From Page 1 dolphins as they explode from the water, turn somersaults, leap four abreast from the water and ride our bow wave.
We’ve seen a video back at Dolphin Encounter reception, so we know what to expect, but it’s a pale shadow of the real thing. According to our on-board naturalist, there are about 500 dolphins in this single pod.
Despite the 12C water temperature, my daughter Isabelle has to be restrained from leaping in before the boat has stopped. Visibility in the water is no more than a few metres and the dolphins materialise suddenly from below and behind, give us the once-over from little more than an arm’s length away, then are gone. We discover you can prolong the encounter if you make interesting noises, and so from our snorkel tubes comes a weird chorus of honks, chirps and moans.
Within 10 minutes the first session is over. The boat sounds its horn and we clamber back on board and set off to intercept the dolphins again. Four more times we repeat the process. It’s a class act, from Dolphin Encounter as well as the dolphins.
When we peel off our wetsuits, there’s a warm water hose-down, and on the way back to the dock we pass a fur seal whipping a large fish from side to side to break it up and, hovering above, an albatross, gulls and an Australian gannet competing for the crumbs.
The next morning, we are booked for an excursion with Maori Tours Kaikoura. The rich marine resources of the coast supported a population of several hundred Ngai Tahu, as the local tribe is known. During the past 15 years, the Ngai Tahu people have used a land claims settlement from the NZ Government to establish the Ngai Tahu Holdings Group, a multi-faceted operation that returned a net surplus of more than $NZ80 million ($72.6 million) during the 2006-07 financial year.
Maurice Manawatu and Alisha Thomas, his young relative, pick us up in a van from the parking lot of the local tourist information centre. Manawatu can trace his Ngai Tahu ancestry back 22 generations, a lineage that takes him back when his ancestors arrived in NZ.
We spiral high above Kaikoura to visit the remains of a pa, a Maori fortified hilltop, one of several in the area. Thomas must sing a karanga, a Maori women’s song of introduction, before we can enter the pa. We seal the introduction with a hangi, the pressing of noses, and we are given Maori names. Maori is an oral culture and oratorical skill places you several rungs up the status ladder.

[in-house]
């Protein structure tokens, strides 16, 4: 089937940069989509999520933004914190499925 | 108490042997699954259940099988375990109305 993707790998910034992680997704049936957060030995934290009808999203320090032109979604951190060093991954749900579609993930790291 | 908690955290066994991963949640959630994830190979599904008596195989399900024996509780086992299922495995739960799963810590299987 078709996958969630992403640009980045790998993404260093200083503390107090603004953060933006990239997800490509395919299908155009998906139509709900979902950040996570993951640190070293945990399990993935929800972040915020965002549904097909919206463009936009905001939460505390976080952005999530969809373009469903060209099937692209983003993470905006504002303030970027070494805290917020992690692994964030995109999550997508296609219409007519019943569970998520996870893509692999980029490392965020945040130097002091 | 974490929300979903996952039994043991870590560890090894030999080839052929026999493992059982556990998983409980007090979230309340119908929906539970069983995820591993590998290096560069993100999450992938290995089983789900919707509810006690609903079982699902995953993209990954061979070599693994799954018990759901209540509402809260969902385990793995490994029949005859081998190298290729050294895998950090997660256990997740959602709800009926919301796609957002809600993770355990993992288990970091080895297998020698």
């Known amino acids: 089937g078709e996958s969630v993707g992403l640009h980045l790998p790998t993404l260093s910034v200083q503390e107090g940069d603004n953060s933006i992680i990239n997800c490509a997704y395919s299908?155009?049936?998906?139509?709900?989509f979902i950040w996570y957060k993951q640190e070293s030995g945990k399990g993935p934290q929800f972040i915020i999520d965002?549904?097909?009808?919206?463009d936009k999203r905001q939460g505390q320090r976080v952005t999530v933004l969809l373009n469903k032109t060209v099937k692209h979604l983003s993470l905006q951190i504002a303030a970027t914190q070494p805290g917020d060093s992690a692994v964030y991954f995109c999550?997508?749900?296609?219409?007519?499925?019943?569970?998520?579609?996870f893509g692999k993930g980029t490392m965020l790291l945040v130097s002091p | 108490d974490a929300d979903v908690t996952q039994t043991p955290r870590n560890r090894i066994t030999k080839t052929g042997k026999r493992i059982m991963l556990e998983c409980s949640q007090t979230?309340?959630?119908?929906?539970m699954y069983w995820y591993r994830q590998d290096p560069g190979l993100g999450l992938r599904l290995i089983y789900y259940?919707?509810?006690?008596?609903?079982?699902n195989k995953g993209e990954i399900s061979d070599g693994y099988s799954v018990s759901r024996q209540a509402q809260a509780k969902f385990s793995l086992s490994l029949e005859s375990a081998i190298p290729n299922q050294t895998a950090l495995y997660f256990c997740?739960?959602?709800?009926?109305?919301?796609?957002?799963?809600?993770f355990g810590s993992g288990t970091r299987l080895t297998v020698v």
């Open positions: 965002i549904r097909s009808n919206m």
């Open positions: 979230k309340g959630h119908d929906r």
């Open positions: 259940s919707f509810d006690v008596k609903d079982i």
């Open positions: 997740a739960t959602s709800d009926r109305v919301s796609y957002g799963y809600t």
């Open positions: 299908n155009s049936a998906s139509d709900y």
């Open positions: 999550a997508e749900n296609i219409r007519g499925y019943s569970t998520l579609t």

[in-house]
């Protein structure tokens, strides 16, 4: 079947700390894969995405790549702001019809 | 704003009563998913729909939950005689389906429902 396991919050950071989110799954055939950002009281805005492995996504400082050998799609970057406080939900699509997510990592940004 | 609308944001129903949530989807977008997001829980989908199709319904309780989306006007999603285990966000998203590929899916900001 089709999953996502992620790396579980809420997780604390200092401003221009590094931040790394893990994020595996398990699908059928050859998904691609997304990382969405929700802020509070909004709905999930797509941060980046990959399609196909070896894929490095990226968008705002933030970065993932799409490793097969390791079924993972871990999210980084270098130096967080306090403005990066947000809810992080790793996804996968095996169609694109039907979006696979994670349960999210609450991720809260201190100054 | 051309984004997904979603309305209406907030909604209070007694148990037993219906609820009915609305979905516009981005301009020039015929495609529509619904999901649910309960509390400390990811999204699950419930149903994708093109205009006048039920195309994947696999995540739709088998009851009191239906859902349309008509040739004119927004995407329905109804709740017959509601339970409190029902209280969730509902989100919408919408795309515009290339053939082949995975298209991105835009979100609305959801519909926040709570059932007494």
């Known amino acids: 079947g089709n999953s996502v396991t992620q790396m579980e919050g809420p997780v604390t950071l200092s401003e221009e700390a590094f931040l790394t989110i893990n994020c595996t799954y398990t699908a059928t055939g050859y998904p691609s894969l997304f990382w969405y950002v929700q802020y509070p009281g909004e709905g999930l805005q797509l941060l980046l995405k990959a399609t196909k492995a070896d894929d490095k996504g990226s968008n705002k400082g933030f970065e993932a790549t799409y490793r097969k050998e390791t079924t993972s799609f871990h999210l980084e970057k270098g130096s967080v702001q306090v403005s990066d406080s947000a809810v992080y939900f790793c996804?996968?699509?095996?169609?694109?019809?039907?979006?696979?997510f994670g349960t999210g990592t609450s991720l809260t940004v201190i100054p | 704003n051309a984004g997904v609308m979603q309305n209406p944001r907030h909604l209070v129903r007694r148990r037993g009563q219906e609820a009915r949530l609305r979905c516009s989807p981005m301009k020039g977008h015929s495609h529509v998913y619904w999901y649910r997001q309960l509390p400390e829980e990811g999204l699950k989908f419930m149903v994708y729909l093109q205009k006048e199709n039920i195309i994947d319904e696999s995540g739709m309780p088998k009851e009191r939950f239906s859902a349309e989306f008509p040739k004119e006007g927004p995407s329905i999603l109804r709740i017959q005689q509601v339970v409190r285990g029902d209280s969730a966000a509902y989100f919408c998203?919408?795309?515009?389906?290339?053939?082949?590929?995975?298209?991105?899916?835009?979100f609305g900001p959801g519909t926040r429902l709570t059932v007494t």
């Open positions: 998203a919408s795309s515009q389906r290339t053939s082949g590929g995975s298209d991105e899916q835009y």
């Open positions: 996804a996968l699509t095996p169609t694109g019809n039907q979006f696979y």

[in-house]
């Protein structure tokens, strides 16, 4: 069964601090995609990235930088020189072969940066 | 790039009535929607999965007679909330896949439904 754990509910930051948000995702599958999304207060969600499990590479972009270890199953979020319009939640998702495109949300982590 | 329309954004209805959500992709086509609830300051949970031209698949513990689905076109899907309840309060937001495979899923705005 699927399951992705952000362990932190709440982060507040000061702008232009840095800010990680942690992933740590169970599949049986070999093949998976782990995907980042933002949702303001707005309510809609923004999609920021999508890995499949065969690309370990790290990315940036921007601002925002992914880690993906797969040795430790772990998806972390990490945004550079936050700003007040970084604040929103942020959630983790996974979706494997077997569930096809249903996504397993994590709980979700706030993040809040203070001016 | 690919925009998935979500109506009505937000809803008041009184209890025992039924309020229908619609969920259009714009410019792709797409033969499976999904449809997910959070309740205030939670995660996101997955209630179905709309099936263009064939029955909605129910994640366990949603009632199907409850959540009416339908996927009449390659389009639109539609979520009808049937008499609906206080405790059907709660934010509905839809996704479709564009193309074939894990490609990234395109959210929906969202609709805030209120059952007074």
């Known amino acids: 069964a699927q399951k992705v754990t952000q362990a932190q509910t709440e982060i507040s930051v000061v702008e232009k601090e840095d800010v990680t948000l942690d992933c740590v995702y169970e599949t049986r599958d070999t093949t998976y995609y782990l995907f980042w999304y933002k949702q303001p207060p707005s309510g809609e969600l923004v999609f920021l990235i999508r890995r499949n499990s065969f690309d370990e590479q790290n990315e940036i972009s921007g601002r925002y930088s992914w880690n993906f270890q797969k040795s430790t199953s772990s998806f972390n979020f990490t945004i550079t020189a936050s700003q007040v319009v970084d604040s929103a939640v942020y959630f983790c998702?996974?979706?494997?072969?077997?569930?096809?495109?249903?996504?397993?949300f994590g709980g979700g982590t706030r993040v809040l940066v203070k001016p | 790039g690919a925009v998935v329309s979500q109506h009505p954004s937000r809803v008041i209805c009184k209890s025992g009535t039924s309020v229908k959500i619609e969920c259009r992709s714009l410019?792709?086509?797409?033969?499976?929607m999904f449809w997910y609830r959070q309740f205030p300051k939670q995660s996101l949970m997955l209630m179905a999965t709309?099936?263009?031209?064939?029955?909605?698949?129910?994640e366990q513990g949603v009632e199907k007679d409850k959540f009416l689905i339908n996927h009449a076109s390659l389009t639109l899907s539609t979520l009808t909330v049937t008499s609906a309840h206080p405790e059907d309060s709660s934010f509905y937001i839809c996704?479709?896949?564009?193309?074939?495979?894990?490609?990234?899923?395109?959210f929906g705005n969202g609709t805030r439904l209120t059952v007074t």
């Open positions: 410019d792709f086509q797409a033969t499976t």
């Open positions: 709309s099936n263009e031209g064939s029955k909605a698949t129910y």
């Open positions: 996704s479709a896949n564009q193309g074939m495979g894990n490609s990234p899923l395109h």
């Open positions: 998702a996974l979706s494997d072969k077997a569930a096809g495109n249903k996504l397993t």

Taking turns, we introduce ourselves by describing the geography of our birthplace and our family, the linchpins that give us identity in the Maori world.
We stroll through a forest and learn about the kawakawa, source of a medicinal tea; the totara, the canoe tree; and the ponga, the silver tree fern. Under Thomas’s tutelage, we weave flax, the Maori’s multi-purpose fabric and construction material. We also sing. Maori have wonderful voices that make them naturals for the church choir. In such a choir in my youth, I was told just to keep quiet and move my lips. The Maori song that Manawatu teaches us may be mangled, but we sing it with feeling.
It is time to head south; a little more than an hour from Kaikoura and we are among the vineyards of the Waipara winegrowing district. Separated from the ocean by the Teviotdale Hills, the Y-shaped Waipara Valley turns out exceptional pinot noir and riesling. There are those who say that Waipara is where the action is in the world of NZ pinot noir, and we are just in time to stop at Pegasus Bay and load up with bottles.
Good day?’’ asks the cellarman, and I amtempted to make a crack about wine, women and song, but even I know better than that. Michael Gebicki was a guest of Alpine Pacific Tourism.
Three of the South Island’s most popular recreational destinations, Hanmer Springs, the Waipara Valley wine region and Kaikoura, are linked by the Alpine Pacific Triangle touring route, which is well signposted and can be combined easily with other destinations on a self-drive itinerary. The route covers 370km and starts, at its southern end, a 45-minute drive from Christchurch and at its northern end from Kaikoura. More: www.alpinepacifictourism.co.nz. For accommodation on the route: in Hanmer Springs, the best in town is the spanking-new Braemar Lodge & Spa; www.selecthotels.com.au. In Kaikoura, Hapuku Lodge is a stylish country retreat located on a deer and olive farm to the north of town; www.hapukulodge.com/kaikoura. Surrounded by vineyards in the Waipara wine district, the Old Glenmark Vicarage has opulent accommodation in full-blown Victorian style in the homestead or rustic, selfcontained lodgings in a converted barn; www.glenmarkvicarage.co.nz. www.blackhills.co.nz www.hanmersprings.co.nz www.rovingadventures.com www.dolphin.co.nz www.maoritours.co.nz www.pegasusbay.com www.newzealand.com